New COVID strains are coming. It’s no time to let down our guard
Winter is coming, and so are new COVID-19 variants. Based on the last two years, expect a botched national response when, not if, the winter surge comes.
Highly transmissible new COVID-19 variants such as BQ.1.1 and XBB are capable of overcoming immunity from prior omicron infections and are resistant to antibody-based treatments, rendering two of our best defenses far less effective.
New estimates by public health experts indicate that if we deploy a robust updated COVID-19 booster campaign that vaccinates 80% of those eligible by year’s end, we would “prevent approximately 90,000 deaths, more than 936,000 hospitalizations, and avert $56 billion in direct medical costs over the course of the next six months.” But that’s not happening. More than a month after rollout, only 4% of eligible Americans had received these updated boosters.
It’s not only the American people who are unprepared for the coming wave of infections. The medical system is on track to be more understaffed this winter than ever before. With an exodus of 500,000 nurses expected by the end of the year, the national shortfall of nurses would hit 1.1 million. Now is not the time to get sick.
And yet our national pandemic response continues its retreat. In California, Gov. Gavin Newsom announced on Monday that he will end the COVID-19 state of emergency in February, after almost three years.
The federal government has shoved the responsibility of calculating individual risk onto each citizen and left public health to the masses. You see the result in schools, workplaces, restaurants, airplanes and grocery stores. The push for distancing, masking, better ventilation, screening, testing and basic safety measures has all but disappeared in most of these places.
The rush to get masks off in places frequented by the highest-risk individuals, like nursing homes and hospitals, is particularly appalling. So is the trend in recent months of doctors themselves gathering indoors, with few masks. Colleagues of mine have reported back from various superspreader medical conferences across the nation.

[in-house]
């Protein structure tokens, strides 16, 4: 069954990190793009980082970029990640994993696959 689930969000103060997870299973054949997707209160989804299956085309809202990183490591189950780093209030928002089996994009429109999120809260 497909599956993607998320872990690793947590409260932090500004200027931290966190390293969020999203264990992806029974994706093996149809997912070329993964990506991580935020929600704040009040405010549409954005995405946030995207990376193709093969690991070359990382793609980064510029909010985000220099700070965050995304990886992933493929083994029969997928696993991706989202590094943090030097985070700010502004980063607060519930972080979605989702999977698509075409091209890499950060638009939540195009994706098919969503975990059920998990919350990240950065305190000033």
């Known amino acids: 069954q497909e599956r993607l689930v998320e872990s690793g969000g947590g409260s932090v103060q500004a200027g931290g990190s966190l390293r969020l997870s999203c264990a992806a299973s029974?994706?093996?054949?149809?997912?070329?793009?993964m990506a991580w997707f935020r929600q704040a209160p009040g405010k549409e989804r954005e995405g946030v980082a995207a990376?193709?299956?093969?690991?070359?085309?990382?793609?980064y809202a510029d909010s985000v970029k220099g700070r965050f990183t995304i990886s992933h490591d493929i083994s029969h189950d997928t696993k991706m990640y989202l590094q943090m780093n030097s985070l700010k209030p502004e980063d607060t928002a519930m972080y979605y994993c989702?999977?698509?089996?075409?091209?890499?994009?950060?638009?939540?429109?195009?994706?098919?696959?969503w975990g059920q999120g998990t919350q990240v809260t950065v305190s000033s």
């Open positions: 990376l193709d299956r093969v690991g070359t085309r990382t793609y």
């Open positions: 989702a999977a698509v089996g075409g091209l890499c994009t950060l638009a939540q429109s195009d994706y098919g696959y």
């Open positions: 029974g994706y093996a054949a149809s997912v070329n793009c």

Even many who know better aren’t taking the simplest steps to end this pandemic and save lives. The president himself is touting the false narrative that “the pandemic is over.”
About 2,600 Americans have died of COVID in the last seven days. Some use the 9/11 unit of measure to reflect the scale of the tragedy. I prefer to think about all the kids I went to high school with, our teachers and the staff, and then imagine all those people disappeared out of those buildings, the quad, those hallways. This is the national weekly reaping that is our COVID response. The weekly empty high school, the weekly — insert your preferred unit of horror. The pandemic is not over.
People over 75 make up more than 70% of deaths. In California, Black residents have the highest rate of dying, independent of their age. They are among those who have clearly been deemed disposable demographics by our government.
The only people for whom COVID-19 is truly over are the thousands who die each week because of it.
As a doctor to vulnerable patients, as an immunocompromised person myself, as a daughter of cancer patients, I cannot accept this as a new normal. I know I am not the only one who has loved ones on chemotherapy, people I care about with organ transplants, with Crohn’s, with multiple sclerosis, with beloved elders and newborn babies they wish to protect.
If the federal, state and local governments are just going to gaslight the most vulnerable among us to an early death, we all have to undertake what amounts to an act of rebellion — pushing back against the “COVID is over” narrative.
Refusing to be gaslit doesn’t mean ignoring the reality that most people have already moved on. Pandemic fatigue is real. It’s also a luxury that the vulnerable cannot afford.
A few weeks ago, my parents received their second dose of the monoclonal antibody combination, Evusheld, used for high-risk patients as a prophylaxis against COVID-19. This week, I took them to get the new COVID-19 booster. I might take them next week to their grandchild’s water polo game, where the sign next to the indoor pool requests that everyone wear masks. We will, again, most likely be the only masked spectators. Here, like seemingly everywhere else, we will have to rely on one-way masking because government and businesses have quietly dropped other tools that proved valuable earlier in the pandemic, such as screening, ventilation improvements and masking requirements.
These institutions have made a grotesque calculation to condemn a certain sector of the population to avoidable deaths.
A more humane and sane calculation is easy to envision: a huge push for vaccinations, free testing and therapeutics and preventive treatments, universal masking in settings with high-risk populations, better air filtration for shared spaces.
There has never been a great time to be medically vulnerable in the U.S., but when even such simple measures aren’t being taken, the value placed on these lives has unquestionably hit a new low.
We don’t have to roll over and accept it.
— Dipti S. Barot is a primary care doctor at a clinic in the San Francisco Bay Area.